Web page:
The role of increased mitochondria oxygen consumption was investigated by administering the chemical uncoupler dinitrophenol to healthy rats. Importantly, increased mitochondria oxygen consumption resulted in kidney tissue hypoxia, proteinuria and increased staining of the tubular injury marker vimentin, demonstrating a crucial role of increased oxygen consumption per se and the resulting kidney tissue hypoxia for the development of nephropathy.

         Taken together, the data presented in this thesis establishes an important role of mitochondria uncoupling for the development of diabetic nephropathy.

    List of papers
    1. Identification and distribution of uncoupling protein isoforms in the normal and diabetic rat kidney
    Open this publication in new window or tab >>Identification and distribution of uncoupling protein isoforms in the normal and diabetic rat kidney
    Show others...
    2009 (English)In: Advances in Experimental Medicine and Biology, ISSN 0065-2598, E-ISSN 2214-8019, Vol. 645, p. 205-212Article in journal (Refereed) Published
    Abstract [en]

    Uncoupling protein (UCP)-2 and -3 are ubiquitously expressed throughout the body but there is currently no information regarding the expression and distribution of the different UCP isoforms in the kidney. Due to the known cross-reactivity of the antibodies presently available for detection of UCP-2 and -3 proteins, we measured the mRNA expression of UCP-1, -2 and -3 in the rat kidney in order to detect the kidney-specific UCP isoforms. Thereafter, we determined the intrarenal distribution of the detected UCP isoforms using immunohistochemistry. Thereafter, we compared the protein levels in control and streptozotocin-induced diabetic rats using Western blot. Expressions of the UCP isoforms were also performed in brown adipose tissue and heart as positive controls for UCP-1 and 3, respectively. UCP-2 mRNA was the only isoform detected in the kidney. UCP-2 protein expression in the kidney cortex was localized to proximal tubular cells, but not glomerulus or distal nephron. In the medulla, UCP-2 was localized to cells of the medullary thick ascending loop of Henle, but not to the vasculature or parts of the nephron located in the inner medulla. Western blot showed that diabetic kidneys have about 2.5-fold higher UCP-2 levels compared to controls. In conclusion, UCP-2 is the only isoform detectable in the kidney and UCP-2 protein can be detected in proximal tubular cells and cells of the medullary thick ascending loop of Henle. Furthermore, diabetic rats have increased UCP-2 levels compared to controls, but the mechanisms underlying this increase and its consequences warrants further studies.

    Place, publisher, year, edition, pages
    New York: Springer, 2009
    National Category
    Medical and Health Sciences
    Identifiers
    urn:nbn:se:uu:diva-102380 (URN)10.1007/978-0-387-85998-9_32 (DOI)000262627100032 ()19227473 (PubMedID)978-0-387-85997-2 (ISBN)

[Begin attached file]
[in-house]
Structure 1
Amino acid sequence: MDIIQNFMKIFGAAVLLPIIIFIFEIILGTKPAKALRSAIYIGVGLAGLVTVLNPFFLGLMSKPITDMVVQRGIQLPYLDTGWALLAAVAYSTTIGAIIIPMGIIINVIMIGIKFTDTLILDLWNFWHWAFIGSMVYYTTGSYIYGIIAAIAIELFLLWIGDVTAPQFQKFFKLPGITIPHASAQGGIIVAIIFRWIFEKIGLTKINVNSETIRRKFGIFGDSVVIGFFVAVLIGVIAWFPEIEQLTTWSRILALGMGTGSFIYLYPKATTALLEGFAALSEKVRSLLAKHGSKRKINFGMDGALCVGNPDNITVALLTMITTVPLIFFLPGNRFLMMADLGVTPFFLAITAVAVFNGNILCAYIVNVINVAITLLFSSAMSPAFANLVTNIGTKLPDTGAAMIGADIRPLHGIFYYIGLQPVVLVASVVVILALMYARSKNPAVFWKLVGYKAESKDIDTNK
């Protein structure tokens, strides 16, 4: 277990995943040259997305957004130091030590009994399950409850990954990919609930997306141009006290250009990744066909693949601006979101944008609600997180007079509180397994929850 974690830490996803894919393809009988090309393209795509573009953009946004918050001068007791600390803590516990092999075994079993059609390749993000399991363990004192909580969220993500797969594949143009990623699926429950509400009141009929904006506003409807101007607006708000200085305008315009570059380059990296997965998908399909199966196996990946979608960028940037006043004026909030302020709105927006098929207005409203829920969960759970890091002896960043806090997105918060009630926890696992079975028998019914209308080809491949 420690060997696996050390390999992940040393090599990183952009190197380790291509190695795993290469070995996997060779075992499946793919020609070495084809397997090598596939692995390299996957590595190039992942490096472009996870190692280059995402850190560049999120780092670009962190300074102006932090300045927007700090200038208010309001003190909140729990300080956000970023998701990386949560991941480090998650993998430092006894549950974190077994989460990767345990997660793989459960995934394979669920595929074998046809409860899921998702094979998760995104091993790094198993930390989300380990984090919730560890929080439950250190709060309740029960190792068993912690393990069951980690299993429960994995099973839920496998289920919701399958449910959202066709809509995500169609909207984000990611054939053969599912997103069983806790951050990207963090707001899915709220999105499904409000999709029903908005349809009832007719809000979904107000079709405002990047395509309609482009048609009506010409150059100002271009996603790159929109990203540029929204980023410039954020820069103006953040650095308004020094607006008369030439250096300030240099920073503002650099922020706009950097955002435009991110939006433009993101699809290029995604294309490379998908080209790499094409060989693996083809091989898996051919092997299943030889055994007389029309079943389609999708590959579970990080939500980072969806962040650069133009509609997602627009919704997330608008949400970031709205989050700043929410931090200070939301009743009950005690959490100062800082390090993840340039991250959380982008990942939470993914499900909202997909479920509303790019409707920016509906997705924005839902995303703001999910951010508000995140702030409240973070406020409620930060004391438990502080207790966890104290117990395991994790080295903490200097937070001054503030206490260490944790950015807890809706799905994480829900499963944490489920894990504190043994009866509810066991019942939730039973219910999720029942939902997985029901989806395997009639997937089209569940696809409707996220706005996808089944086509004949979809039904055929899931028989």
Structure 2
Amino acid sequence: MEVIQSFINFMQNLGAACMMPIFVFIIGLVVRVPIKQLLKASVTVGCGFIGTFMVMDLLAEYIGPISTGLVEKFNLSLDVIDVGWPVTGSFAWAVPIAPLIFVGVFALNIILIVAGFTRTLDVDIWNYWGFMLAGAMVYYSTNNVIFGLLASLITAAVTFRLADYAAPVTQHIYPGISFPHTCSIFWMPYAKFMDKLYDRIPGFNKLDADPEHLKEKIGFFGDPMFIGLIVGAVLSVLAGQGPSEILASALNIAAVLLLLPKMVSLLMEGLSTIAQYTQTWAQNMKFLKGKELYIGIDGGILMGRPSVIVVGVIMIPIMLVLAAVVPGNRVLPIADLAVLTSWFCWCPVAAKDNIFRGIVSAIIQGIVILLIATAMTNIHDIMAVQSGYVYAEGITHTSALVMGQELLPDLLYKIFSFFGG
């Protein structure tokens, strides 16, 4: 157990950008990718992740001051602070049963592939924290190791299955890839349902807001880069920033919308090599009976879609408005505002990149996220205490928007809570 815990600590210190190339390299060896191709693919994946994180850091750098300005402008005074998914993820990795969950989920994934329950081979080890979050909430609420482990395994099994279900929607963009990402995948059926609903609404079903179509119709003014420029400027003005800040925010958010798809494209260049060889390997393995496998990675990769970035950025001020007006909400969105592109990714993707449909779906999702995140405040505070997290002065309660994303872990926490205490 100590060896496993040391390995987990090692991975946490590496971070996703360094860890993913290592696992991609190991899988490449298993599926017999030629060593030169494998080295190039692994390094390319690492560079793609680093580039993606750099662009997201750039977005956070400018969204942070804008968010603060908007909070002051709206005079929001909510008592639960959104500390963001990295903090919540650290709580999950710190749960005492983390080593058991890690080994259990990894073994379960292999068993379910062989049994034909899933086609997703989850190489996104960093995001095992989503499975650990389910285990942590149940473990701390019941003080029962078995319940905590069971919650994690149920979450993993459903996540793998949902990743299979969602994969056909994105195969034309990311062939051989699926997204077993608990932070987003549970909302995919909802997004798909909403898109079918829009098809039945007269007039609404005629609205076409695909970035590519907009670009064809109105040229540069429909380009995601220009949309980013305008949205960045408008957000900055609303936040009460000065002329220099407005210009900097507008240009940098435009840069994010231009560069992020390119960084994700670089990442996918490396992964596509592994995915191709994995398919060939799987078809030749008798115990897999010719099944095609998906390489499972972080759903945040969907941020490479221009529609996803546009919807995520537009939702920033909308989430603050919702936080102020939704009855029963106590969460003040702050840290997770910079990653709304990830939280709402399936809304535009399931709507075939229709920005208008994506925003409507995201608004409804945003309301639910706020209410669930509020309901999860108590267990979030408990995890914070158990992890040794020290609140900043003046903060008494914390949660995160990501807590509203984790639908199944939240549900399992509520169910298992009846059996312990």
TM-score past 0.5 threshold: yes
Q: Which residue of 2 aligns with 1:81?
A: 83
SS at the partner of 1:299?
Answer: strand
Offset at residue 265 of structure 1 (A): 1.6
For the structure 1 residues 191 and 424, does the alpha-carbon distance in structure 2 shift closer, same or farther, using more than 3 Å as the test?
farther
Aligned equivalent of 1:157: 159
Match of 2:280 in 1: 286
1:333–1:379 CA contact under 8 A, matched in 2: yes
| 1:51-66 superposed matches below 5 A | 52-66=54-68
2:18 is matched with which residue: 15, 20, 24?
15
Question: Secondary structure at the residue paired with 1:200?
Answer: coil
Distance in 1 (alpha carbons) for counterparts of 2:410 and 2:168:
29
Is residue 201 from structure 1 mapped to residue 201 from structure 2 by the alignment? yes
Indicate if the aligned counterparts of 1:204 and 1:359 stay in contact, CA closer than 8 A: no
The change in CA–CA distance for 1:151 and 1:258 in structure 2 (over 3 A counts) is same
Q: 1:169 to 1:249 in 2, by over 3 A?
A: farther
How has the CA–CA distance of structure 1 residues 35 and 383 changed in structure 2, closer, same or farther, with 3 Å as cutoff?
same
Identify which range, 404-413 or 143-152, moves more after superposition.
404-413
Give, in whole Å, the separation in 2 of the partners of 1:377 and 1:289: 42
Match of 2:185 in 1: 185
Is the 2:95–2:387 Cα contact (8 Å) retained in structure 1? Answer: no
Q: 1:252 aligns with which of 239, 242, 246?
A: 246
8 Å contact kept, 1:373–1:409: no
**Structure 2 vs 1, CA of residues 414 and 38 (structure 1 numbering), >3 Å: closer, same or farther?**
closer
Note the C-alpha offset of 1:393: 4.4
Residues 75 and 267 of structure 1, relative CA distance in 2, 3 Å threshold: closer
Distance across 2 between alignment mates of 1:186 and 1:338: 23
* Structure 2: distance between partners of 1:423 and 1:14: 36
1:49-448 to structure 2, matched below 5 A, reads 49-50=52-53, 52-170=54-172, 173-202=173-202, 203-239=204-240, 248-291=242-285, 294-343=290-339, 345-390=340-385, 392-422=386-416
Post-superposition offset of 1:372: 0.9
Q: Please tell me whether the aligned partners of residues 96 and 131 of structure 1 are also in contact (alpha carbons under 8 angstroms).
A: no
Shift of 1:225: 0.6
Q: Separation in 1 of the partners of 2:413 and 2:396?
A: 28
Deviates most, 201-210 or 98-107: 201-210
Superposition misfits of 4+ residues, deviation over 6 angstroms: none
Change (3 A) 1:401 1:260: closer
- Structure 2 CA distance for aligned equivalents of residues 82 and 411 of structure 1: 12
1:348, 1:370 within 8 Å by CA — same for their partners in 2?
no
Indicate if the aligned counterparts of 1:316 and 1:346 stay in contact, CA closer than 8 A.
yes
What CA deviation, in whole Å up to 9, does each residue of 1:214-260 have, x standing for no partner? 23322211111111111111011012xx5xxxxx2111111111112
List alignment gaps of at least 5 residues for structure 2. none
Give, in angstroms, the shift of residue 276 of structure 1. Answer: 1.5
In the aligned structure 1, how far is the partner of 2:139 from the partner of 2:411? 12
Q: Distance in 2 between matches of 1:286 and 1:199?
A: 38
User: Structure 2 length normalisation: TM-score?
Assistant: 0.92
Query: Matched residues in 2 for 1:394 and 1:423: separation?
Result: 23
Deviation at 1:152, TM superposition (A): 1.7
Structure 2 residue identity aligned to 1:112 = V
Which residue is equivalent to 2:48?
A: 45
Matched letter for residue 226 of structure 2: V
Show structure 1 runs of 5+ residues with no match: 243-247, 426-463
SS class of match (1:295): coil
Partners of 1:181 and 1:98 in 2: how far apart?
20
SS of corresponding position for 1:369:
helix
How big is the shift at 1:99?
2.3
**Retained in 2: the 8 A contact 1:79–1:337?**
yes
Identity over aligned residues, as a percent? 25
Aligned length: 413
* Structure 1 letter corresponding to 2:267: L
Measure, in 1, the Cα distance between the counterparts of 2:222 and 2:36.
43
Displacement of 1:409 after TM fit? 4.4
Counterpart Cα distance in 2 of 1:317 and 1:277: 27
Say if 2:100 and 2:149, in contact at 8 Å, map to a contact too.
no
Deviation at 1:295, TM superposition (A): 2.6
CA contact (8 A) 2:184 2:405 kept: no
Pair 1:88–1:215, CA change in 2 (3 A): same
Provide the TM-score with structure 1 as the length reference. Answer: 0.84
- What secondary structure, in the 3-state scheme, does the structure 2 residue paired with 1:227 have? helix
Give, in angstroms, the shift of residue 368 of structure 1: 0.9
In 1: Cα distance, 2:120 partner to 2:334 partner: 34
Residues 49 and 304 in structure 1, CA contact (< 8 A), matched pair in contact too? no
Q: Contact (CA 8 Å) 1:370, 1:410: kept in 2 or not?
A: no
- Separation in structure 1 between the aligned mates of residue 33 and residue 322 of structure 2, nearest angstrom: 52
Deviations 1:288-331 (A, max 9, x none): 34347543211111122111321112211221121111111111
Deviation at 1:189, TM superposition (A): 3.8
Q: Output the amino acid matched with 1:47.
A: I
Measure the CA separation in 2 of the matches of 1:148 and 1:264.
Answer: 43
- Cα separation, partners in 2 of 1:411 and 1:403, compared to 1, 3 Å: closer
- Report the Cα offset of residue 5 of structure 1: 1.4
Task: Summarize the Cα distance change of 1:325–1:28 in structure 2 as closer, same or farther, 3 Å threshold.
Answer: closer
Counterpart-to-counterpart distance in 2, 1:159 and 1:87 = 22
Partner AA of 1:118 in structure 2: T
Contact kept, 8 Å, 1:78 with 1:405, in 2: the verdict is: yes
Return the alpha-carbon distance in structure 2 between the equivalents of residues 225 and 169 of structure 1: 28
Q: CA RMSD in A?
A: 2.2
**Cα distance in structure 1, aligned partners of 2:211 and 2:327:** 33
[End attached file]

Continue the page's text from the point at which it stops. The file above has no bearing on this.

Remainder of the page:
Conference
    Annual Conference of the International-Society-on-Oxygen-Transport-to-Tissue
    Available from: 2009-05-06 Created: 2009-05-06 Last updated: 2017-12-13
    2. Diabetes-induced up-regulation of uncoupling protein-2 results in increased mitochondrial uncoupling in kidney proximal tubular cells
    Open this publication in new window or tab >>Diabetes-induced up-regulation of uncoupling protein-2 results in increased mitochondrial uncoupling in kidney proximal tubular cells
    Show others...
    2008 (English)In: Biochimica et Biophysica Acta, ISSN 0006-3002, E-ISSN 1878-2434, Vol. 1777, no 7-8, p. 935-940Article in journal (Refereed) Published
    Abstract [en]

    We have previously reported increased O(2) consumption unrelated to active transport by tubular cells and up-regulated mitochondrial uncoupling protein (UCP)-2 expressions in diabetic kidneys. It is presently unknown if the increased UCP-2 levels in the diabetic kidney results in mitochondrial uncoupling and increased O(2) consumption, which we therefore investigated in this study. The presence of UCP-2 in proximal tubular cells was confirmed by immunohistochemistry and found to be increased (western blot) in homogenized tissue and isolated mitochondria from kidney cortex of diabetic rats. Isolated proximal tubular cells had increased total and ouabain-insensitive O(2) consumption compared to controls. Isolated mitochondria from diabetic animals displayed increased glutamate-stimulated O(2) consumption (in the absence of ADP and during inhibition of the ATP-synthase by oligomycin) compared to controls. Guanosine diphosphate, an UCP inhibitor, and bovine serum albumin which removes fatty acids that are essential for UCP-2 uncoupling activity, independently prevented the increased glutamate-stimulated O(2) consumption in mitochondria from diabetic animals. In conclusion, diabetic rats have increased mitochondrial UCP-2 expression in renal proximal tubular cells, which results in mitochondrial uncoupling and increased O(2) consumption. This mechanism may be protective against diabetes-induced oxidative stress, but will increase O(2) usage. The subsequently reduced O(2) availability may contribute to diabetes-induced progressive kidney damage.